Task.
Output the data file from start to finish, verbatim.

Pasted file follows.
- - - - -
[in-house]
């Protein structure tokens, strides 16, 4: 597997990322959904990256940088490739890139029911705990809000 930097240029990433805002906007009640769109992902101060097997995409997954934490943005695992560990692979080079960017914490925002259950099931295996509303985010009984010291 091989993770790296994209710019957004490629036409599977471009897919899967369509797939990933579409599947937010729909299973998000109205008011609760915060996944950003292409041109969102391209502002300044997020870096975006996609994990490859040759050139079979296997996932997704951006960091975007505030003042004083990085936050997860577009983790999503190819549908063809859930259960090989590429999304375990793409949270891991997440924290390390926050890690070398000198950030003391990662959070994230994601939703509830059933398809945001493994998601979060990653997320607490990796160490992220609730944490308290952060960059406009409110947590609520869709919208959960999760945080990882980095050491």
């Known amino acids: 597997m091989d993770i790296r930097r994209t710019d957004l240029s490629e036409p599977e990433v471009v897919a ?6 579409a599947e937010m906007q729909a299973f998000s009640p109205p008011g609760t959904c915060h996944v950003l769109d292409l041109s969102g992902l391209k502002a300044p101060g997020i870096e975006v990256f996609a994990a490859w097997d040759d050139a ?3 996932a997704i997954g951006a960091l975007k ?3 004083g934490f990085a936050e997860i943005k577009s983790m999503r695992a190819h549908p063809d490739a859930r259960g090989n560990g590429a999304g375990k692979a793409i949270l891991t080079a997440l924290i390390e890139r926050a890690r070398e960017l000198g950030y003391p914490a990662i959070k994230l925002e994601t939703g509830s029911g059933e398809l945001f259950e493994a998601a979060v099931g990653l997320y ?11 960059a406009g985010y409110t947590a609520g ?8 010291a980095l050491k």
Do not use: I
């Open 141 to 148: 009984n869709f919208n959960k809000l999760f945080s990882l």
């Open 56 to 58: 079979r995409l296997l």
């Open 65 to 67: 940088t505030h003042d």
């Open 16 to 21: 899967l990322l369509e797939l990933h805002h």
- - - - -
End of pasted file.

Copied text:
[in-house]
């Protein structure tokens, strides 16, 4: 597997990322959904990256940088490739890139029911705990809000 930097240029990433805002906007009640769109992902101060097997995409997954934490943005695992560990692979080079960017914490925002259950099931295996509303985010009984010291 091989993770790296994209710019957004490629036409599977471009897919899967369509797939990933579409599947937010729909299973998000109205008011609760915060996944950003292409041109969102391209502002300044997020870096975006996609994990490859040759050139079979296997996932997704951006960091975007505030003042004083990085936050997860577009983790999503190819549908063809859930259960090989590429999304375990793409949270891991997440924290390390926050890690070398000198950030003391990662959070994230994601939703509830059933398809945001493994998601979060990653997320607490990796160490992220609730944490308290952060960059406009409110947590609520869709919208959960999760945080990882980095050491």
């Known amino acids: 597997m091989d993770i790296r930097r994209t710019d957004l240029s490629e036409p599977e990433v471009v897919a ?6 579409a599947e937010m906007q729909a299973f998000s009640p109205p008011g609760t959904c915060h996944v950003l769109d292409l041109s969102g992902l391209k502002a300044p101060g997020i870096e975006v990256f996609a994990a490859w097997d040759d050139a ?3 996932a997704i997954g951006a960091l975007k ?3 004083g934490f990085a936050e997860i943005k577009s983790m999503r695992a190819h549908p063809d490739a859930r259960g090989n560990g590429a999304g375990k692979a793409i949270l891991t080079a997440l924290i390390e890139r926050a890690r070398e960017l000198g950030y003391p914490a990662i959070k994230l925002e994601t939703g509830s029911g059933e398809l945001f259950e493994a998601a979060v099931g990653l997320y ?11 960059a406009g985010y409110t947590a609520g ?8 010291a980095l050491k």
Do not use: I
């Open 141 to 148: 009984n869709f919208n959960k809000l999760f945080s990882l």
């Open 56 to 58: 079979r995409l296997l």
């Open 65 to 67: 940088t505030h003042d």
């Open 16 to 21: 899967l990322l369509e797939l990933h805002h």